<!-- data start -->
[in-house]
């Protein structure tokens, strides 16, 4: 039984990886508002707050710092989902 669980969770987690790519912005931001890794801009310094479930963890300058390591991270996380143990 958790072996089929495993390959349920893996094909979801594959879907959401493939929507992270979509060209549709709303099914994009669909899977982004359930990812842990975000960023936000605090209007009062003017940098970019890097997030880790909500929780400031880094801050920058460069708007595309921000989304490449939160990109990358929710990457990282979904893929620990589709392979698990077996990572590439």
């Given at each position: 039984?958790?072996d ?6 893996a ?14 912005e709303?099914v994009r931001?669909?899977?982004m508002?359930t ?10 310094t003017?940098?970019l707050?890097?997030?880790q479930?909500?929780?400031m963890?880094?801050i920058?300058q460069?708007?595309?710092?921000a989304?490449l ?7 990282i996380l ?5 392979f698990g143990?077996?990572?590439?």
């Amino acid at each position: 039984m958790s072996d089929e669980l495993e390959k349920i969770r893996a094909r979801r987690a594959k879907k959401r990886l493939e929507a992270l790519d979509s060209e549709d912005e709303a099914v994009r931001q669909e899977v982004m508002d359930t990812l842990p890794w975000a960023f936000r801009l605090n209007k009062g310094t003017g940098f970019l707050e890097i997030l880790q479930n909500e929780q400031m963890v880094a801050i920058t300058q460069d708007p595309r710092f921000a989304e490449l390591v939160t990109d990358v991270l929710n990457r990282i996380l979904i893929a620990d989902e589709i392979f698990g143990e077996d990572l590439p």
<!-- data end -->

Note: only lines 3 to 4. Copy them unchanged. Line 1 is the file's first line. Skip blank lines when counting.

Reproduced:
């Given at each position: 039984?958790?072996d ?6 893996a ?14 912005e709303?099914v994009r931001?669909?899977?982004m508002?359930t ?10 310094t003017?940098?970019l707050?890097?997030?880790q479930?909500?929780?400031m963890?880094?801050i920058?300058q460069?708007?595309?710092?921000a989304?490449l ?7 990282i996380l ?5 392979f698990g143990?077996?990572?590439?």
């Amino acid at each position: 039984m958790s072996d089929e669980l495993e390959k349920i969770r893996a094909r979801r987690a594959k879907k959401r990886l493939e929507a992270l790519d979509s060209e549709d912005e709303a099914v994009r931001q669909e899977v982004m508002d359930t990812l842990p890794w975000a960023f936000r801009l605090n209007k009062g310094t003017g940098f970019l707050e890097i997030l880790q479930n909500e929780q400031m963890v880094a801050i920058t300058q460069d708007p595309r710092f921000a989304e490449l390591v939160t990109d990358v991270l929710n990457r990282i996380l979904i893929a620990d989902e589709i392979f698990g143990e077996d990572l590439p």